According to Soneira, the frequently advertised number of displayed colors is a specification designed to intentionally mislead consumers into thinking that the display has a large gamut. “It is actually just the number of possible displayed intensity combinations, and is just the bit-depth cubed, which is 1.07 billion for 10 bits,” he says. “Those 10 bits may be just the final display register. Other than CRTs, I’ve never seen a display actually deliver a visual 8 bits on the screen (because intensity irregularities are larger than the least-significant bit).”
Soneira has an article in the next issue of SID Information Display Magazine on how the display color gamut and image contrast vary in ambient lighting (rather than the dark), and how to automatically compensate for it dynamically. (See Soneira’s article, “Understanding Misleading Display Specs,” at www.displaymate.com/news.html#9.)
Lately, there are issues surrounding the pixels themselves. A 50-inch screen will have pixels that are 0.023 inches – that’s almost a thirty-second of an inch and easily visible if you get close. Therefore, I think content creators are going to have to take a little added care and employ higher super-sampling techniques to avoid artifacts.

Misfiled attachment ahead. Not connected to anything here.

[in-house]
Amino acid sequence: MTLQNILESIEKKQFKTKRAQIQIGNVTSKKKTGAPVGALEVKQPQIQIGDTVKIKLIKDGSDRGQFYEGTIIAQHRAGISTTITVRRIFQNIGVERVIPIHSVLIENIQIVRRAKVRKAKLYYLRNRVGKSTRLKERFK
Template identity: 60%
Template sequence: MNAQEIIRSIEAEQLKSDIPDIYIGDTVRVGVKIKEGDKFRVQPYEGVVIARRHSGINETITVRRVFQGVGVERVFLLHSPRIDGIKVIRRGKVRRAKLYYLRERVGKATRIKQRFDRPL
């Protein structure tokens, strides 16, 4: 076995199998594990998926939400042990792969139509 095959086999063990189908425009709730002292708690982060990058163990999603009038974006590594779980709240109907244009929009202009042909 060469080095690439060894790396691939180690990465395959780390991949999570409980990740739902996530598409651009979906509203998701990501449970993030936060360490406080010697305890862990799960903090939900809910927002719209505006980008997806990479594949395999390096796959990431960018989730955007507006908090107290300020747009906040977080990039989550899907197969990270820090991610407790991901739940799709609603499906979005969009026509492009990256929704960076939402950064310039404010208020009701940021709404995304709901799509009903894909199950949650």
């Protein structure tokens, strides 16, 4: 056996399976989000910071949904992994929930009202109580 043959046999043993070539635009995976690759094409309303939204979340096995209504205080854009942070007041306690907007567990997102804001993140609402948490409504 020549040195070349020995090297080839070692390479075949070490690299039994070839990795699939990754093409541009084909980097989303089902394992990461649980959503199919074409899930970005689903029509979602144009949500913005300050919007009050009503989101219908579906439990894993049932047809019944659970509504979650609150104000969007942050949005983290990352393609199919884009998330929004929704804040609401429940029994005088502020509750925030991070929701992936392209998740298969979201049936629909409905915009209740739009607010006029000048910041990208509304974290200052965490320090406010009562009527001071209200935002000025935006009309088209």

So, what comes after 4k? Why 8k, of course: 8k UHDTV (4320p) has a resolution of 7,680 × 4,320 (33.2 Mpix), 16 times the pixels of current 1080p HDTV, which brings it closer to the detail level of 15/70mm IMAX. NHK of Japan advocates the 8k UHDTV format with 22.2 surround sound as Super Hi-Vision.
In April 2012, NHK (in collaboration with Panasonic) announced a 145-inch (370cm) display (7,680 × 4,320 at 60 fps), which has 33.2 million 0.417mm square pixels.
No doubt about it, 4k is coming like a freight train, and it’s going to get here sooner than most people realize – much faster than HD did. Why? There’s a combination of reasons. First, the panel makers can. Second, they have to pump out a lot of big screens to get the ROI on the huge fabs they built over the past five years. And third, the industry and, hopefully, the consumers are ready for the next great thing.
But if 4k screens are going to be big, 80 inches or more, will 8k require much bigger houses? Maybe for some, but most likely those will be reserved for theaters and science.
Lastly, there is the issue of vision. 20/20 is an average, not a limit. Those with good vision can resolve 20/10. Even if a person can’t resolve an eye chart, Japanese research shows improvements in “apparent reality” at 2.5 times the resolution of 20/10 – five times the resolution of 20/20.
So get ready to “see” the present and the future.
Jon Peddie is president of Jon Peddie Research, a Tiburon, CA-based consultancy specializing in graphics and multimedia that also publishes JPR’s “TechWatch.” He can be reached at firstname.lastname@example.org.